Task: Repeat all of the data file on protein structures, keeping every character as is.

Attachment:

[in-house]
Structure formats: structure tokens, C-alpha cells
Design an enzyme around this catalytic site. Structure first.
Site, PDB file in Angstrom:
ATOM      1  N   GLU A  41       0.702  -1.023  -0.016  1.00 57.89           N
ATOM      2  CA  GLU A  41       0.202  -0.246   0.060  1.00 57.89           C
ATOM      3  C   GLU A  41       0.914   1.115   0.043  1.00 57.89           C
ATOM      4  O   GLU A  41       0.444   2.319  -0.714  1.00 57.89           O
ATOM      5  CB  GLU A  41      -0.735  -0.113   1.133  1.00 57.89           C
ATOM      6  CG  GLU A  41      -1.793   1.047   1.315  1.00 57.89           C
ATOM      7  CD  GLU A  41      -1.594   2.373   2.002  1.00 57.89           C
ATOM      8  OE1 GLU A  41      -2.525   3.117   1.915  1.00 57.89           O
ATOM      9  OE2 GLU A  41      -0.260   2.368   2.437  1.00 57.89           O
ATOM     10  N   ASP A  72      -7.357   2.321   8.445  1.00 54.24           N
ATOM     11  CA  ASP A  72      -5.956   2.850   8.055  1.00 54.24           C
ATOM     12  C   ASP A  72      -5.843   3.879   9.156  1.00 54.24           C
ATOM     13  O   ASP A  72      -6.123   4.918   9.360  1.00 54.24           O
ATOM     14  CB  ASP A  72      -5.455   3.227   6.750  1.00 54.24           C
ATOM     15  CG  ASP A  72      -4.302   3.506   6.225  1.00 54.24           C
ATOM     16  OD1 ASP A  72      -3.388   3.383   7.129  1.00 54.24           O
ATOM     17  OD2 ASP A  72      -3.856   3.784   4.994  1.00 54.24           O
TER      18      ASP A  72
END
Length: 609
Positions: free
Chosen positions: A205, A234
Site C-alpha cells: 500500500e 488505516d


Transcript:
[in-house]
Structure formats: structure tokens, C-alpha cells
Design an enzyme around this catalytic site. Structure first.
Site, PDB file in Angstrom:
ATOM      1  N   GLU A  41       0.702  -1.023  -0.016  1.00 57.89           N
ATOM      2  CA  GLU A  41       0.202  -0.246   0.060  1.00 57.89           C
ATOM      3  C   GLU A  41       0.914   1.115   0.043  1.00 57.89           C
ATOM      4  O   GLU A  41       0.444   2.319  -0.714  1.00 57.89           O
ATOM      5  CB  GLU A  41      -0.735  -0.113   1.133  1.00 57.89           C
ATOM      6  CG  GLU A  41      -1.793   1.047   1.315  1.00 57.89           C
ATOM      7  CD  GLU A  41      -1.594   2.373   2.002  1.00 57.89           C
ATOM      8  OE1 GLU A  41      -2.525   3.117   1.915  1.00 57.89           O
ATOM      9  OE2 GLU A  41      -0.260   2.368   2.437  1.00 57.89           O
ATOM     10  N   ASP A  72      -7.357   2.321   8.445  1.00 54.24           N
ATOM     11  CA  ASP A  72      -5.956   2.850   8.055  1.00 54.24           C
ATOM     12  C   ASP A  72      -5.843   3.879   9.156  1.00 54.24           C
ATOM     13  O   ASP A  72      -6.123   4.918   9.360  1.00 54.24           O
ATOM     14  CB  ASP A  72      -5.455   3.227   6.750  1.00 54.24           C
ATOM     15  CG  ASP A  72      -4.302   3.506   6.225  1.00 54.24           C
ATOM     16  OD1 ASP A  72      -3.388   3.383   7.129  1.00 54.24           O
ATOM     17  OD2 ASP A  72      -3.856   3.784   4.994  1.00 54.24           O
TER      18      ASP A  72
END
Length: 609
Positions: free
Chosen positions: A205, A234
Site C-alpha cells: 500500500e 488505516d